Home Mortgages After Death
Average life expectancy rates are increasing, and so are the circumstances in which mortgages are being carried into retirement and outstanding balances remain after death. Planning for property ownership and debt responsibilities before passing them on to loved ones is more important than ever.
Transfer of Mortgage Ownership
What happens to personal property or real property such as a home after a person dies is complicated. If there is a will and the home is designated to a person in the will, that person (the heir) receives the home. If a person dies without a will then intestate law applies, which follows familial lineage guidelines. This means the home is designated to a spouse, state-registered domestic partner, child, parent, sibling, grandparent, aunt and uncle or niece and nephew, in that order, depending on state law.
Sometimes a will is not enough. The decedent’s property first must satisfy any remaining debts, even if the mortgage is paid off. If the decedent has enough liquid assets to pay off the mortgage, the bank will “forgive” the debt and the heir will receive the home without debt owed. However, if there are not enough liquid assets to pay off the mortgage after death, the heir can either take over the loan, refinance the loan in the heir’s name, or perform a reverse mortgage.
Deed, Title Transfer, or Co-Signers
A person’s name on a deed, title transfer or mortgage co-signer will come into play legally after death, so eliminate confusion for your loved ones and ensure the names on the will match those on the deed and mortgage.
Why is this important?
Death is an emotional time. Adding the stress of what happens to the home, debts, and personal property can all be eliminated by creating a My Life & Wishes plan. It’s your life, but it’s their future. Make sure it’s a happy one.
Beneficiaries miss out on life insurance benefits all too often. The odds that you're owed money from a lost, forgotten or unknown policy are about one in 600. Besides life insurance, there may be other assets a deceased person might have that family members may be totally unaware of. Without an organized list, your loved ones and beneficiaries may be missing out.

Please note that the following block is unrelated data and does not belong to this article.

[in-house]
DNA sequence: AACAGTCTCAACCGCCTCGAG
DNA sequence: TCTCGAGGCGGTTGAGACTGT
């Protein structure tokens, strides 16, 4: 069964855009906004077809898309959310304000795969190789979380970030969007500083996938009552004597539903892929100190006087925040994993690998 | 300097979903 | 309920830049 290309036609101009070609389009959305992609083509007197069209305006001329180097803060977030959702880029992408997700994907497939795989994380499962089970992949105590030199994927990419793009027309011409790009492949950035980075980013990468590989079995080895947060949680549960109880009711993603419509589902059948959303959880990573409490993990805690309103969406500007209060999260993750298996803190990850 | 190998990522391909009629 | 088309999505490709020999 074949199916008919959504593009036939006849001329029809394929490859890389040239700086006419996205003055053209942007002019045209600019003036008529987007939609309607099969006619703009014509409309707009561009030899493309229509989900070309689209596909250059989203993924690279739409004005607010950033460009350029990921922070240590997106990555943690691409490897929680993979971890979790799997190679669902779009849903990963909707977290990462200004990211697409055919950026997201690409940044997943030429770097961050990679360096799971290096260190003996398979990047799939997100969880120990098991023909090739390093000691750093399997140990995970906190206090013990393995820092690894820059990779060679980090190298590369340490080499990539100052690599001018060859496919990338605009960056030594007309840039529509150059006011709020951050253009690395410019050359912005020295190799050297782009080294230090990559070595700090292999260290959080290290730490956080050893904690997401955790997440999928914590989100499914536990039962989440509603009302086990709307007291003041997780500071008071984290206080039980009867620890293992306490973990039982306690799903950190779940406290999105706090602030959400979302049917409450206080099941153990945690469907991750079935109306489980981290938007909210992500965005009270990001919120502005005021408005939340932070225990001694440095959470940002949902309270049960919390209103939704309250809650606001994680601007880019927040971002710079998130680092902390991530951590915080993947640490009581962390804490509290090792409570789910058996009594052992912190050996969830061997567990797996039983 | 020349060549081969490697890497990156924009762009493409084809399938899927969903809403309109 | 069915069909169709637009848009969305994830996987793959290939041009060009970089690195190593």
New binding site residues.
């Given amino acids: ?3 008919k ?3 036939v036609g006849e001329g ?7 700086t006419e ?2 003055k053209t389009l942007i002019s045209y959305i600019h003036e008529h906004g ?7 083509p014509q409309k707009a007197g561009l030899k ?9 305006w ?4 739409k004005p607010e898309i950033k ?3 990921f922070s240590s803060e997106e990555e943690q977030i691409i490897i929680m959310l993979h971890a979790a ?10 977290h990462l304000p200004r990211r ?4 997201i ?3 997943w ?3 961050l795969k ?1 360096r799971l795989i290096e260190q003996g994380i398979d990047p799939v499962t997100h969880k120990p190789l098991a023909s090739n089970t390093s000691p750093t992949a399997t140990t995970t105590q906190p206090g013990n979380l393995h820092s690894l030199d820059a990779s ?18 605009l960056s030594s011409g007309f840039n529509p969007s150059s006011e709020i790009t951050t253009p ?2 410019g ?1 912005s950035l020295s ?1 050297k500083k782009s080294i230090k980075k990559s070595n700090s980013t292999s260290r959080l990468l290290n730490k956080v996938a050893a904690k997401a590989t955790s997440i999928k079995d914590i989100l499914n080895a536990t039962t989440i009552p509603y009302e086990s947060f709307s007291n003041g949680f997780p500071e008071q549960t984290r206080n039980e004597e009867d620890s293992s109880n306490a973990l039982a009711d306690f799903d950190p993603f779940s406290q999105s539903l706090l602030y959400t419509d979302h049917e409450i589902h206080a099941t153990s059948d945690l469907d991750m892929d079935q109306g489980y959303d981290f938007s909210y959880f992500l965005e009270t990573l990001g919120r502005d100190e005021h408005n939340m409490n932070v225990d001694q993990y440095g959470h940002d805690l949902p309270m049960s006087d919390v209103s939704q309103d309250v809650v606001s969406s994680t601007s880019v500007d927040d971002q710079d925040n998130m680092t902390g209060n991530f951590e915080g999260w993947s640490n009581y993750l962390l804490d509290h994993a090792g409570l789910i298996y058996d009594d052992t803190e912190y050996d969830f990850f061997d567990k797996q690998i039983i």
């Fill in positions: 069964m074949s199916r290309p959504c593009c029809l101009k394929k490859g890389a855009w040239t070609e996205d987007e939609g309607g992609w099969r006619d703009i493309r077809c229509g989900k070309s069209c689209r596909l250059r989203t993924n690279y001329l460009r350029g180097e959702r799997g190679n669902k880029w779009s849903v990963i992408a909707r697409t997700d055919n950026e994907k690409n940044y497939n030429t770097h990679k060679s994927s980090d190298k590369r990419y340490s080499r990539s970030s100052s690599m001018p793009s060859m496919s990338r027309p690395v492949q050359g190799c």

In a recent report we touched on the importance of keeping certain financial documents. Today, we are taking a deeper dive into what you should keep and for how long. We'll also give you suggestions on where to store documents, and when they are no longer needed, how to get rid of them.
In a recent report, Care.com talked about the importance of end-of-life planning and included My Life and Wishes as the “best on-line end-of-life planning and document service(s)”. In a related Article, Kim Komando names My Life and Wishes as one of her top picks on organizing end-of-life plans.
What information do people need to access in emergency situations? A trip to the ER may require: List of allergies, current medications, medical history, doctor contacts, family contacts, insurance information, photo identification. A fire or natural disaster may require: Identification documents, insurance documents, proof of ownership (such as deeds or titles), access to bank accounts for emergency cash, pet location information, medical information and family contact information. So where do you keep this information? Is it accessible and is it secure?